Bank Hapoalim Forecasts Continued Drop in Housing Prices Due to War and Economic Factors

By Aryeh Stern

A contractor’s crew building a new wooden house amidst a housing shortage in the northern town of Katzrin in the Golan Heights on Jan. 24. (Michael Giladi/Flash90)

Bank Hapoalim’s financial reports highlight a forecast of accelerated housing price drops in Israel in the forthcoming months. A significant contributor to this projection is the war in the Gaza Strip, compounded by rising interest rates leading to a downturn in the real estate market.

Contrary to a decade-long sentiment emphasizing perpetual housing price growth in Israel, recent figures contradict this narrative. Bank Hapoalim, ranked second in Israel’s market cap terms, projects a sustained decline in housing prices. Factors contributing to this downturn include decreased transaction volumes, a surge in unsold properties, and a slight decline in prices as indicated by Central Bureau of Statistics data.

“The fall in transaction numbers, increased unsold inventory, and a subtle price decline in the initial nine months of this year signal an anticipated acceleration of price drops in the real estate market,” stated the bank.

The Central Bureau of Statistics reported a significant rise in unsold new homes, reaching 61,400 in September, representing a 40% increase over eighteen months. Simultaneously, new home sales plummeted by 31% compared to the previous month and 26% compared to September 2022, with government-subsidized home sales rising to 30% from 18% a year earlier. Moreover, new mortgage loans decreased by over 50%.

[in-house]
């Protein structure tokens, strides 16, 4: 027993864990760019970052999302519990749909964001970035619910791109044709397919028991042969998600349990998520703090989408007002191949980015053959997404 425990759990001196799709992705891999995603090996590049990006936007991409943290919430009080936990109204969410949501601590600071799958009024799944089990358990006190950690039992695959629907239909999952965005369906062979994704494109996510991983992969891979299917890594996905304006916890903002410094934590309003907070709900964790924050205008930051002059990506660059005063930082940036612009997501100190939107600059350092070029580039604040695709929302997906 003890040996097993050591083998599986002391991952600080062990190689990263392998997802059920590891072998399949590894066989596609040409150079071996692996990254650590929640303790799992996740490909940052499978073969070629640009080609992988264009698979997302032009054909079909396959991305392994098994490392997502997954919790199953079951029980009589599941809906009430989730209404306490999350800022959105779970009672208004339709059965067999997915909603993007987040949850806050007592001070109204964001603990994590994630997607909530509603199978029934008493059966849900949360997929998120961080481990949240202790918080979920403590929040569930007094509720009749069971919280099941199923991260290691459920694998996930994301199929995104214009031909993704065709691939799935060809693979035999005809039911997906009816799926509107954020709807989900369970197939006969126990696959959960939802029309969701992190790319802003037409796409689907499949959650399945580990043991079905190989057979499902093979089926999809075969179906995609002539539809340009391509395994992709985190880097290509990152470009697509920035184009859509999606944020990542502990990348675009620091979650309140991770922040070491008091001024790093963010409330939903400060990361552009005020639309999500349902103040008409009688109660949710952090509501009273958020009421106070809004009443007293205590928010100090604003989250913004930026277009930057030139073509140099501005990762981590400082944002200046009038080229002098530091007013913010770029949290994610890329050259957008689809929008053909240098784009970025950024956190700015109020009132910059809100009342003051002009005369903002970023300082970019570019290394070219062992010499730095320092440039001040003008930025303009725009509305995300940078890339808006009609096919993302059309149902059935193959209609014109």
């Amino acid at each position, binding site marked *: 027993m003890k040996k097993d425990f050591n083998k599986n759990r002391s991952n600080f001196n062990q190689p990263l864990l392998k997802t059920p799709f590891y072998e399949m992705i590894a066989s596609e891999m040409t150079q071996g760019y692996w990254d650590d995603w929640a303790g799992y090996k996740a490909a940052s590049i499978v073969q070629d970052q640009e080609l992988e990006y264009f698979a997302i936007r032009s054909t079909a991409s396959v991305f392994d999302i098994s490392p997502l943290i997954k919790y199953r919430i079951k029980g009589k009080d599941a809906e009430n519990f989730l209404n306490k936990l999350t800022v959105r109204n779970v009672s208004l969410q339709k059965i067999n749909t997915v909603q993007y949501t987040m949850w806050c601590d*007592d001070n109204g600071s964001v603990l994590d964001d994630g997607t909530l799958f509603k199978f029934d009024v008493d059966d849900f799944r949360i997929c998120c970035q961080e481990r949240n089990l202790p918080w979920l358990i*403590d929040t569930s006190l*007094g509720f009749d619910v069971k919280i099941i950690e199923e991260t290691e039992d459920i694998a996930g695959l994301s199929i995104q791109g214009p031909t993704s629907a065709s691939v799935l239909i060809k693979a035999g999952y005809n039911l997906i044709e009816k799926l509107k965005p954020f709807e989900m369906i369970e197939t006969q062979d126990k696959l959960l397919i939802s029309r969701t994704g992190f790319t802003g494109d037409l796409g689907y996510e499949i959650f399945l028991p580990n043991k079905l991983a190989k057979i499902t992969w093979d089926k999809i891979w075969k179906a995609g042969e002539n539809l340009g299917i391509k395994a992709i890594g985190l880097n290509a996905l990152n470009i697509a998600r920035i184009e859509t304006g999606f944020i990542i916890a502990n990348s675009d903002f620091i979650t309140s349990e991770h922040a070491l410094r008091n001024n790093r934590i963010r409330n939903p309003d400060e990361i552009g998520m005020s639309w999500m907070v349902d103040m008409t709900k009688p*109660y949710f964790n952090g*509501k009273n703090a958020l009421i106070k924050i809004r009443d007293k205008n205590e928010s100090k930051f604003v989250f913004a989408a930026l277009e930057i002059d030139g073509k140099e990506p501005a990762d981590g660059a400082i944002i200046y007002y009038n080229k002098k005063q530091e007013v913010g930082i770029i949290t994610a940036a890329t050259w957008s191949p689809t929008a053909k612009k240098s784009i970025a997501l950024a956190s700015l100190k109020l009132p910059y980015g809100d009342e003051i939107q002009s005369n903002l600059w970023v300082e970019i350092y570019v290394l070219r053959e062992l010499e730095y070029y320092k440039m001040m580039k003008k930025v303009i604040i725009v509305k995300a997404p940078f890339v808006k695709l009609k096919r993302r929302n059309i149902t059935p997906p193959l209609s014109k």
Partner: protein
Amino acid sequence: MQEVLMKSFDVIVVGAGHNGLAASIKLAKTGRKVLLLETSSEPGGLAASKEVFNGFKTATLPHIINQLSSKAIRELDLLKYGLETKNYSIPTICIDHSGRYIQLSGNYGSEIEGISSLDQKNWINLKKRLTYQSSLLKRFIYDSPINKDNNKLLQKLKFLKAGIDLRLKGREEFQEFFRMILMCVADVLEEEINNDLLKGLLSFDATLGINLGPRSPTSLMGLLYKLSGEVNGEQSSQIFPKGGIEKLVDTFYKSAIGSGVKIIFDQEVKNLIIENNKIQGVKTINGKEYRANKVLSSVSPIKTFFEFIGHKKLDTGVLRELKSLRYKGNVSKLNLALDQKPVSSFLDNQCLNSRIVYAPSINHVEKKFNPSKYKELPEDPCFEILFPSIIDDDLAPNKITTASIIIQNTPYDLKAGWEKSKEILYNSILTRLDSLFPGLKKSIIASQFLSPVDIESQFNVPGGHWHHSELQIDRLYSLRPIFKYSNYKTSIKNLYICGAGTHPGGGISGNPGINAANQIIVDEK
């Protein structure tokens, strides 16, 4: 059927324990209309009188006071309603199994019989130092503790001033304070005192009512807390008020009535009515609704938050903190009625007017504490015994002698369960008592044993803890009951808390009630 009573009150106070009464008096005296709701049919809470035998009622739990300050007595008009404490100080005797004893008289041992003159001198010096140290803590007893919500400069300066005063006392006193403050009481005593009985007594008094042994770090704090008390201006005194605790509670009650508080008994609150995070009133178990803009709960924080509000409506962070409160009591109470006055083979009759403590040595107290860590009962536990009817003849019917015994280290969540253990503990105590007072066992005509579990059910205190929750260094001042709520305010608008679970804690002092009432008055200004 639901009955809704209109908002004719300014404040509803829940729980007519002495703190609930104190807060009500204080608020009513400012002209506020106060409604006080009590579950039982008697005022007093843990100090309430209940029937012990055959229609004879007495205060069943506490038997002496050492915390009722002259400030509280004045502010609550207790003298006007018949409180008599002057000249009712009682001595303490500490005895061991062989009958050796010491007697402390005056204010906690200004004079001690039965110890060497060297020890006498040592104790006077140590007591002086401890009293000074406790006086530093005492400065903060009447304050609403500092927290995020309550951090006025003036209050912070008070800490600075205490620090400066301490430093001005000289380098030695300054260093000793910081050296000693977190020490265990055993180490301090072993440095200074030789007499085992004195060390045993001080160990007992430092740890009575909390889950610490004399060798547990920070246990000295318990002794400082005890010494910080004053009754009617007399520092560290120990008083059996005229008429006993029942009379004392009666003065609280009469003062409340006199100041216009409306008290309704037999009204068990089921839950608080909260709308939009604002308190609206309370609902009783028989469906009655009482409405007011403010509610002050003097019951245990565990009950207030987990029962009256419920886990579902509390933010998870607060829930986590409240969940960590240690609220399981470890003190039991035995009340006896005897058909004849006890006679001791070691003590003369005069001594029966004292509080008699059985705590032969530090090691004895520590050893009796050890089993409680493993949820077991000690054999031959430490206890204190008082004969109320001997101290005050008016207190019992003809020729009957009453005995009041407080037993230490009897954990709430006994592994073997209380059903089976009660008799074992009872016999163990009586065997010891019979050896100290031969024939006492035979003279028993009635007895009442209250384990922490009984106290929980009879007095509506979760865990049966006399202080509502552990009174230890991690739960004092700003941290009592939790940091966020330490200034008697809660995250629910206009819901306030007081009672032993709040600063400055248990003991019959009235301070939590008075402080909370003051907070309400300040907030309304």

Despite seemingly marginal official statistics reflecting a minimal monthly price decline (0.1-0.5%), the cumulative nature of these figures over twelve months masks the continuous price slump. Bank Hapoalim indicated that the actual decline in home prices amounts to 3.9% between August-September 2022 and August-September 2023, surging to an 8.5% decline when excluding government-subsidized homes.

The bank highlighted the discrepancy between official figures and actual market conditions, asserting that benefits offered by developers, not considered in the data, contribute to an even steeper price decline. Bank Hapoalim’s financial reports corroborate this outlook, showcasing an elevated credit loss provision for the construction and real estate sector in the third quarter, signaling an increasing risk level.

Anticipating a further downturn due to the war’s economic repercussions, the bank forecasts diminished economic activity, translating into decreased home purchase transactions and a more pronounced price decline in the real estate market.

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